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An Interview with

Dr. George Habash

General Secretary of the Popular Front for the Liberation of Palestine (PFLP).

 

This Interview was conducted by Mr. Ibrahim Alloush and printed in The Free Arab Voice (FAV).

The following is the full text of the interview:

*FAV: There's confusion among some Palestinians who are opposed to the Oslo Agreements over the position that the Popular Front for the liberation of Palestine (PFLP) upholds towards the Palestinian National Authority (PNA). On the one hand, the PFLP publicly denounces the Oslo Agreements on which the PNA was based. On the other hand, some Palestinian observers point out that many PFLP cadres are staff or personnel in the PNA's administrative structure, or are at least part of some of the PNA apparatuses. Is that true?

The crucial thing is that we don't participate in any institutions involved with making policy or negotiating with the [Zionist] enemy, since we don't acknowledge the Oslo Agreements, the legal framework of reference within which the PNA stands.

Dr. Habash: As far as working in some of the apparatuses or institutions of the PNA, we have to distinguish between the higher political institutions like the Legislative Council or the government on one hand, and the lower institutions. The crucial thing is that we don't participate in any institutions involved with making policy or negotiating with the [Zionist] enemy, since we don't acknowledge the Oslo Agreements, the legal framework of reference within which the PNA stands.

As for other institutions forming a natural part of the Palestinian social infrastructure, for example those pertaining to education, health, the civilian police, the media, culture, labor, and the economy

in general, ...Well, these are an indivisible part of our people's social institutions in which we've always been an active force. It would be a mistake to abandon them. Therefore our comrades and friends do what they can within them. They are institutions without which no society could function or run its affairs...

*FAV: But how do you respond to those who argue that PFLP involvement with the PNA bureaucracy stands in sharp contrast to the PFLP's opposition of the Oslo Agreements?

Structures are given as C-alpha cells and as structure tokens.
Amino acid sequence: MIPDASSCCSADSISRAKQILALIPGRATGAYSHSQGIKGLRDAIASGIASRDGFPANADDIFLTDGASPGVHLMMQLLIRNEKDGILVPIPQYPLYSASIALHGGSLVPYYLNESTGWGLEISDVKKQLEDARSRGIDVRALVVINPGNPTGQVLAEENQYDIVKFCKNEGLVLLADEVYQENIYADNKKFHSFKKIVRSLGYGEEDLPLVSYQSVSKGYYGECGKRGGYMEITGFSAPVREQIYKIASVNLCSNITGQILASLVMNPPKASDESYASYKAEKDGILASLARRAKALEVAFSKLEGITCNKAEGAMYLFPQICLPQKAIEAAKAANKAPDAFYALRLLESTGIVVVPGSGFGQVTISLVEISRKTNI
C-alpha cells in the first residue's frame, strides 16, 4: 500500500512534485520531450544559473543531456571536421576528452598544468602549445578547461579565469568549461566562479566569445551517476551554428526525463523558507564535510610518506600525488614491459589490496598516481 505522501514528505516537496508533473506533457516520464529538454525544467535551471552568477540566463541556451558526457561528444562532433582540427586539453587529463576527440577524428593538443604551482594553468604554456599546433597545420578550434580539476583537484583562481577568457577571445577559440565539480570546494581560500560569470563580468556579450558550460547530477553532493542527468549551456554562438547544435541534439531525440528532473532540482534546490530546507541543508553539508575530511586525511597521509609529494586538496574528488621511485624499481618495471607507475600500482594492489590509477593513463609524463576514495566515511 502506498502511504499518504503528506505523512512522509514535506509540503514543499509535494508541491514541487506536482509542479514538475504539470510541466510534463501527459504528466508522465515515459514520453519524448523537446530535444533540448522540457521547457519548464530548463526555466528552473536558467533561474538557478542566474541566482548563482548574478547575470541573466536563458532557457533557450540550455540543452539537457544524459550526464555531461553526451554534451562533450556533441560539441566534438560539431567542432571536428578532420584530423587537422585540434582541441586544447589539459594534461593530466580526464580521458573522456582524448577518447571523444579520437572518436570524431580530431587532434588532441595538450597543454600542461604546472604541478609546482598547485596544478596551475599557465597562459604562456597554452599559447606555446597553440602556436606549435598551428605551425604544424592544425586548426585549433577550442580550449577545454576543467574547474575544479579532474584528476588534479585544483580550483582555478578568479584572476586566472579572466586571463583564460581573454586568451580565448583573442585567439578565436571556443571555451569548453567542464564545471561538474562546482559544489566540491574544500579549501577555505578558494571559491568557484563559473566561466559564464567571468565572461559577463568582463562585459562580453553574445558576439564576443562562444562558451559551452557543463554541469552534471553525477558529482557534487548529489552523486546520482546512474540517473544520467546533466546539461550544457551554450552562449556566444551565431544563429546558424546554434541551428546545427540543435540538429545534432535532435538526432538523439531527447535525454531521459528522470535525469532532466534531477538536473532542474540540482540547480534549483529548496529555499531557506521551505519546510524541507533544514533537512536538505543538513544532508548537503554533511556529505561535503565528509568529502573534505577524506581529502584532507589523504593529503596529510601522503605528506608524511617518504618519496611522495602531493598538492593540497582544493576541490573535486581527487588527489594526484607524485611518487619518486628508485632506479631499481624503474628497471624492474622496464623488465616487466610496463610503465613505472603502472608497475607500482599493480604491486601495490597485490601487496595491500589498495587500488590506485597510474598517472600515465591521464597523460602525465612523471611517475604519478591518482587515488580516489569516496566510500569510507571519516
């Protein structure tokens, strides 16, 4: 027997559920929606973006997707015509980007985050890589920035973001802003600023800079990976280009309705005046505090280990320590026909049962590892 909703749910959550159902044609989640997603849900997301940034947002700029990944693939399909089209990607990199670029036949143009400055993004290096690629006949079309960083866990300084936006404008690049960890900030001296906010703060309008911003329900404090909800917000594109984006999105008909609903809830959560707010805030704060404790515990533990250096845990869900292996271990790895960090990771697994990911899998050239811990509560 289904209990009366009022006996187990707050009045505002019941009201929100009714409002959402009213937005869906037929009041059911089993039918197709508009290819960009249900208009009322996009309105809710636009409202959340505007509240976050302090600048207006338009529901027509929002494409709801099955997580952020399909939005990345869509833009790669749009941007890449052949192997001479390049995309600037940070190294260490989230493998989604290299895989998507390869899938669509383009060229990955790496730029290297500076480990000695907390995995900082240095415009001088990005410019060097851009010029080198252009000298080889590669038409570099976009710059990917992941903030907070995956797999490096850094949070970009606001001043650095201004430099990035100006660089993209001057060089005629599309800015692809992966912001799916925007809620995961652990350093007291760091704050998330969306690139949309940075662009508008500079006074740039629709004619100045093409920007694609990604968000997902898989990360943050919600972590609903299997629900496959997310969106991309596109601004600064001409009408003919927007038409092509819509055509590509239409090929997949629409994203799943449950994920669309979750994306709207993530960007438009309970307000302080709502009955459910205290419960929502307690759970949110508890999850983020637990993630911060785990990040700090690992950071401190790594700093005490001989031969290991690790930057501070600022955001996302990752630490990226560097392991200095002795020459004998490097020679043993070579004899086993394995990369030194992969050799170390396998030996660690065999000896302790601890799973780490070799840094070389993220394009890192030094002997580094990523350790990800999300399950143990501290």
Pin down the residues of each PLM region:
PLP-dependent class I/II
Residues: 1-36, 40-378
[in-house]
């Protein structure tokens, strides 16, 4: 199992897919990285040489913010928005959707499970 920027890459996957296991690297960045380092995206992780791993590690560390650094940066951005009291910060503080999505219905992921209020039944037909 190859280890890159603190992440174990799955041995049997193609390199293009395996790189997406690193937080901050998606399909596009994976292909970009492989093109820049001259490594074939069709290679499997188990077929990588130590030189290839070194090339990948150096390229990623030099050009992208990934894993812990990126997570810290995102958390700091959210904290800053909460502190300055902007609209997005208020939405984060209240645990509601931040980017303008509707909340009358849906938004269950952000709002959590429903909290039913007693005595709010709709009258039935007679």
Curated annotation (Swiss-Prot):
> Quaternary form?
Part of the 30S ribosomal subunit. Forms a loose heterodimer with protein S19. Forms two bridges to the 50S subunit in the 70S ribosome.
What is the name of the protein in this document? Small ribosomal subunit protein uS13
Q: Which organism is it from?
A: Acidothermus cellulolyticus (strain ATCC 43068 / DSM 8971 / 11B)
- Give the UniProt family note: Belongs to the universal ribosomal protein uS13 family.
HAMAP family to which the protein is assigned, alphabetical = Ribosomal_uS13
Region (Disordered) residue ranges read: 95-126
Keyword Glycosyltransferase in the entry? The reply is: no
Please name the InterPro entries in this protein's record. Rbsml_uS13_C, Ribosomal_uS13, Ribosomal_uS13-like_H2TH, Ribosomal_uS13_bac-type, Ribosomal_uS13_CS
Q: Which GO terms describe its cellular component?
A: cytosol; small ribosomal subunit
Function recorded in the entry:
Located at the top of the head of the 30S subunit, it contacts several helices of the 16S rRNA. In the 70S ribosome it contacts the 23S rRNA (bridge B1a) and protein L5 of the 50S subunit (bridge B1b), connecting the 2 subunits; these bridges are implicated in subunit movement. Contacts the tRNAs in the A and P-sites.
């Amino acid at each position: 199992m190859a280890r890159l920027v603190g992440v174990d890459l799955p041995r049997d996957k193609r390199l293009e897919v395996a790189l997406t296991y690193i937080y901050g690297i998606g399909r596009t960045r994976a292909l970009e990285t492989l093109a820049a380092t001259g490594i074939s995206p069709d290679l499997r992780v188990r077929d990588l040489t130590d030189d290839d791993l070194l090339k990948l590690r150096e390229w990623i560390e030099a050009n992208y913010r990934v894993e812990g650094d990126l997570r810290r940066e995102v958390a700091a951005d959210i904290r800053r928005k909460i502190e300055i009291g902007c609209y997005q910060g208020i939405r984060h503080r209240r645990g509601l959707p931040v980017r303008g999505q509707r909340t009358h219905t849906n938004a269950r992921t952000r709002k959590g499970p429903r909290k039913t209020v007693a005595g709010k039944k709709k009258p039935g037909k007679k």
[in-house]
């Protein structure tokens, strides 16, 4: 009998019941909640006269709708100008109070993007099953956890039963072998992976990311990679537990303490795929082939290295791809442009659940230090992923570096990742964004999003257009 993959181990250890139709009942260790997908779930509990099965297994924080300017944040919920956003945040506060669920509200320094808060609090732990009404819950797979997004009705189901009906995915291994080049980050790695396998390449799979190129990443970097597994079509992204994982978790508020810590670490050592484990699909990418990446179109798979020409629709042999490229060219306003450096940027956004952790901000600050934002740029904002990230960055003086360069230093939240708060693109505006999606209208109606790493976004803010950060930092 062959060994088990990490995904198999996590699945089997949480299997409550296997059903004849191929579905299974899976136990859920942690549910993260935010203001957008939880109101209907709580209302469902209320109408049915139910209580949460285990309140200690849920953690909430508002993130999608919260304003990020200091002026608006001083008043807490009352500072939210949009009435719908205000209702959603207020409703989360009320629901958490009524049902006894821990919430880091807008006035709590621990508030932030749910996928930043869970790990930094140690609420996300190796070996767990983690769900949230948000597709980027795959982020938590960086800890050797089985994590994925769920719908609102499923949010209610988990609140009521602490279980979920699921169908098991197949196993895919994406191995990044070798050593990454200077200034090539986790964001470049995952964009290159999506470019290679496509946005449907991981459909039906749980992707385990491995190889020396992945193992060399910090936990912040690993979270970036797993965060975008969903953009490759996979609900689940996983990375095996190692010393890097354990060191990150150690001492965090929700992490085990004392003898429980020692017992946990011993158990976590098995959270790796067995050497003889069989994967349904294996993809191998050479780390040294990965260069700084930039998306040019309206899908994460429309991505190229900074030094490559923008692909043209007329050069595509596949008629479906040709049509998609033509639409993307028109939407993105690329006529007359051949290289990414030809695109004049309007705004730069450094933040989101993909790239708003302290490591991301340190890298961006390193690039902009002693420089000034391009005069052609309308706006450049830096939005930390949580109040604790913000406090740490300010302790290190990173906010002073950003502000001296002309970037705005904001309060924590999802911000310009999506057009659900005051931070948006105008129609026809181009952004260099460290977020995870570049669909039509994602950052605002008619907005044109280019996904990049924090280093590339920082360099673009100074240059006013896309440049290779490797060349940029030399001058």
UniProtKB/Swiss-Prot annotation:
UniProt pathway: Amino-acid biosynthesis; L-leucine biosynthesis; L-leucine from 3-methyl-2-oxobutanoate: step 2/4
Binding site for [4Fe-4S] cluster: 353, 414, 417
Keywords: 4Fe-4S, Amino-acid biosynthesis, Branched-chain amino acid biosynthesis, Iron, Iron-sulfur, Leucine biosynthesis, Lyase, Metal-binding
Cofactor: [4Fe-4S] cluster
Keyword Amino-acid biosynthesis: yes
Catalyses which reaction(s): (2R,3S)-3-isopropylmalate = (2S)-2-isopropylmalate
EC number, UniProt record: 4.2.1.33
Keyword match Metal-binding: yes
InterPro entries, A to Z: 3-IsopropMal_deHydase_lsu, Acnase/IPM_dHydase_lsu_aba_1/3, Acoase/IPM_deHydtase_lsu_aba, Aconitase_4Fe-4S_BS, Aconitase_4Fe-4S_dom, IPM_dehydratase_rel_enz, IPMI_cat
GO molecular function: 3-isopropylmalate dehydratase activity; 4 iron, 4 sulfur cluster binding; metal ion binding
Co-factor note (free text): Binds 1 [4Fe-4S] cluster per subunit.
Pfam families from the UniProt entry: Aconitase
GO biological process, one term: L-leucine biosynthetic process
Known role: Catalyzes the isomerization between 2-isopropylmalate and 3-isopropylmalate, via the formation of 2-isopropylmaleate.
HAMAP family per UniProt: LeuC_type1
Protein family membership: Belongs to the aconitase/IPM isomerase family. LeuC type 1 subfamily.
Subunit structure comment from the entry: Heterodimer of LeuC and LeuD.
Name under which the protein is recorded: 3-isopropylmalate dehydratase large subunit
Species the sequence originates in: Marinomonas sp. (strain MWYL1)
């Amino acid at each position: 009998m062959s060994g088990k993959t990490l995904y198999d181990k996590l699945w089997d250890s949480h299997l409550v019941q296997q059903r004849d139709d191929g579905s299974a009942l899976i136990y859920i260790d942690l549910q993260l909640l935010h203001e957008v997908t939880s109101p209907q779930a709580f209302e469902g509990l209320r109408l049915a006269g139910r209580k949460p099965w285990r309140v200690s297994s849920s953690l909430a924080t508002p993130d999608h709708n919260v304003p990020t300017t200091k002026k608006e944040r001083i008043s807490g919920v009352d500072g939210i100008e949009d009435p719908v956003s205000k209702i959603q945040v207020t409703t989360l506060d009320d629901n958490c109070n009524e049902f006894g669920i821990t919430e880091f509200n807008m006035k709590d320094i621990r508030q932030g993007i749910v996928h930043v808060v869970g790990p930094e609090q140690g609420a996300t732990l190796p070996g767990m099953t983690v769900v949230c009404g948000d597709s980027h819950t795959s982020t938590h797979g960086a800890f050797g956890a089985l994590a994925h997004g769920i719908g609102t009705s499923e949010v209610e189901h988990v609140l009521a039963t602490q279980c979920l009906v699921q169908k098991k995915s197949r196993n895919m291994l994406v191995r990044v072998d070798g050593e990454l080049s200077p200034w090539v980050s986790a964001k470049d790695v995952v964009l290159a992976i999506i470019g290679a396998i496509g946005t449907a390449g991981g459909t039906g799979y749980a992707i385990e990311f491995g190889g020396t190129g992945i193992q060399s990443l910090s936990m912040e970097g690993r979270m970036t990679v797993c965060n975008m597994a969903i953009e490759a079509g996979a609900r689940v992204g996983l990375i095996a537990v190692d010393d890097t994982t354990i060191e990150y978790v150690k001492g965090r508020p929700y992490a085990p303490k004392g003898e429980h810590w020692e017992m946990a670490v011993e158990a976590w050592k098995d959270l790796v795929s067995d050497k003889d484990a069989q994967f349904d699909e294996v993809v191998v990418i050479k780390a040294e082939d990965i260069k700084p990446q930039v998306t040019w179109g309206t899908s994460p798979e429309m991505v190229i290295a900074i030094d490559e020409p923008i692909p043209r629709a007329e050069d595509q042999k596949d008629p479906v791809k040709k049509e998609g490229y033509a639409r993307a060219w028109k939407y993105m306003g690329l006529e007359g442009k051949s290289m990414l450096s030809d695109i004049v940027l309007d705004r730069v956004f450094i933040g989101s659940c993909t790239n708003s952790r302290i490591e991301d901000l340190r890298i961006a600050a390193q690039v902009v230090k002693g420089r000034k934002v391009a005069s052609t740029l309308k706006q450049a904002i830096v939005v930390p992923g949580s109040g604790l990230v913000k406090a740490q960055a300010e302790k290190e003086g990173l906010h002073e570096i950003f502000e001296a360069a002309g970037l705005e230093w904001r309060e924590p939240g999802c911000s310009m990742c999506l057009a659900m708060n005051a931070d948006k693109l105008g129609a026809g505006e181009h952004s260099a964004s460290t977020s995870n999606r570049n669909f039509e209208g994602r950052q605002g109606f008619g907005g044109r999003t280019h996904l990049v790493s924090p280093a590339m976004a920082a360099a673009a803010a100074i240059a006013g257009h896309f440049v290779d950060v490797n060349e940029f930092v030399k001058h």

Dr. Habash: The position the PFLP has taken on the Oslo Agreements was not randomly chosen, but was rather based on a careful reading of them. The criterion of the rights and interests of the Palestinian people and the Arab nation is whence we began: Did those agreements serve these rights and interests or did they differ with the least of them??

In fact the Oslo Agreements were signed under the worst possible Arab, Palestinian, and international conditions for the Palestinian people. Therefore they hinged on a balance of forces tilting decisively in favor of the [Zionist] enemy. Wrong are those who believe that the outcome of negotiations is determined by ability and negotiating skill alone apart from the balance of forces! Good negotiators are the ones who know how to use the available cards to obtain the best possible conditions obtainable under the existing balance of power.

In that sense, the mediocre performance of the Palestinian negotiating team diffused away some the most powerful Palestinian cards. For example:

1. Agreeing to the containment of the Intifada (uprising), thus bowing at the onset to a clear Israeli condition.

2.Giving up the legal international framework represented by United Nations and Security Council resolutions, including those recognizing the rights of the Palestinian people; our right to self-determination, to establish an independent state with Jerusalem as capital; our right of return; not to mention the natural and inalienable right to resist and not to recognize the legitimacy of Zionist settlement.

That's why the Israeli position always rejected an active role for international agencies in the negotiations. Europe was given an observer status...